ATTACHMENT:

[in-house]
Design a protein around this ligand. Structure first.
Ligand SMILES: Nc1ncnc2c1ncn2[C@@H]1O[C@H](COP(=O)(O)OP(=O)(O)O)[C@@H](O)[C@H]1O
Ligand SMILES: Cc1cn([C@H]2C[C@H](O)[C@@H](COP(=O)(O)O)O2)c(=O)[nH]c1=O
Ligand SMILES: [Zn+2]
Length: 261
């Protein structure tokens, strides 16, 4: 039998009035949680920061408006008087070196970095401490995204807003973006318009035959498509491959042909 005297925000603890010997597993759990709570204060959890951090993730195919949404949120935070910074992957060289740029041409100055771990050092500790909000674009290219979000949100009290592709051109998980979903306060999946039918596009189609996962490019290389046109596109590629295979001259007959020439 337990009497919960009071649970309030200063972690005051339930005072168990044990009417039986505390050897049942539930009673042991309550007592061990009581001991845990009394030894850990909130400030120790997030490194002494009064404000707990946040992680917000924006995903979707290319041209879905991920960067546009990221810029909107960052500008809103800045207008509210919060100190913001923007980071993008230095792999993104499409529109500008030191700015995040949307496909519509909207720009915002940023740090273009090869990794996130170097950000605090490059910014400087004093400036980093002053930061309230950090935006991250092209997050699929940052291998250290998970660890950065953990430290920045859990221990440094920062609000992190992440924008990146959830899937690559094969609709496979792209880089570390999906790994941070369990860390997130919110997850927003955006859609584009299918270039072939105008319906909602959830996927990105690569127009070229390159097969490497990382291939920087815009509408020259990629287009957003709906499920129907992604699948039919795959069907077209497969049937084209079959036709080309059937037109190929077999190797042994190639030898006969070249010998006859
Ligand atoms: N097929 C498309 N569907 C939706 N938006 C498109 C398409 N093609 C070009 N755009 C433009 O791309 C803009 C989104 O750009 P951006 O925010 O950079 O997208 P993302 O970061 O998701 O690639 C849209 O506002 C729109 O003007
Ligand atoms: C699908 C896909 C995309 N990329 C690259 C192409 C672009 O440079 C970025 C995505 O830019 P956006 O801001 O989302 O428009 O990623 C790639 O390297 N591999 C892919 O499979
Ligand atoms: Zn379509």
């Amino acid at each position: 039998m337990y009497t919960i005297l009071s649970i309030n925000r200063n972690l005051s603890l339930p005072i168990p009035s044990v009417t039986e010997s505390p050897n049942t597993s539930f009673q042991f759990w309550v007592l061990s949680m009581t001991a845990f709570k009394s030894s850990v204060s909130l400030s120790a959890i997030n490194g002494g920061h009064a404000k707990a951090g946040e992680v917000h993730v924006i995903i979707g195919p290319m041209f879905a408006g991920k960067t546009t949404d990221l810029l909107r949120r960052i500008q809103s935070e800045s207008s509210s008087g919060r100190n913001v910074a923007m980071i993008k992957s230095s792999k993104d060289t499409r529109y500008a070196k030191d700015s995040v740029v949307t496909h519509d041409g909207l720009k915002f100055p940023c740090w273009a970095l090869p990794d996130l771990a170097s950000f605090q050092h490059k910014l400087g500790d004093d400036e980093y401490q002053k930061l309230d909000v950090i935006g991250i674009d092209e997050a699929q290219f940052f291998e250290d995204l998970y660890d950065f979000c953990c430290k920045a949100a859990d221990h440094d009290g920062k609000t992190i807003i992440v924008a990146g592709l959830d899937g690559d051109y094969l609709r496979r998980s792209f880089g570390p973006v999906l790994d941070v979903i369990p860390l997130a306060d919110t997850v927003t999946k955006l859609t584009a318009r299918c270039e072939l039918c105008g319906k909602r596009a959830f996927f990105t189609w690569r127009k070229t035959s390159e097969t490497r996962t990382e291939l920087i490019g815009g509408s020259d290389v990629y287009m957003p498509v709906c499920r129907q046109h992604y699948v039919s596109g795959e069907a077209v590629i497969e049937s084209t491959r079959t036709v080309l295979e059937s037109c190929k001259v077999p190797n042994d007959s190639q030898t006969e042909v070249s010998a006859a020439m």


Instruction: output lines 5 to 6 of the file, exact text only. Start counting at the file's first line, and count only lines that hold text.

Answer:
Ligand SMILES: [Zn+2]
Length: 261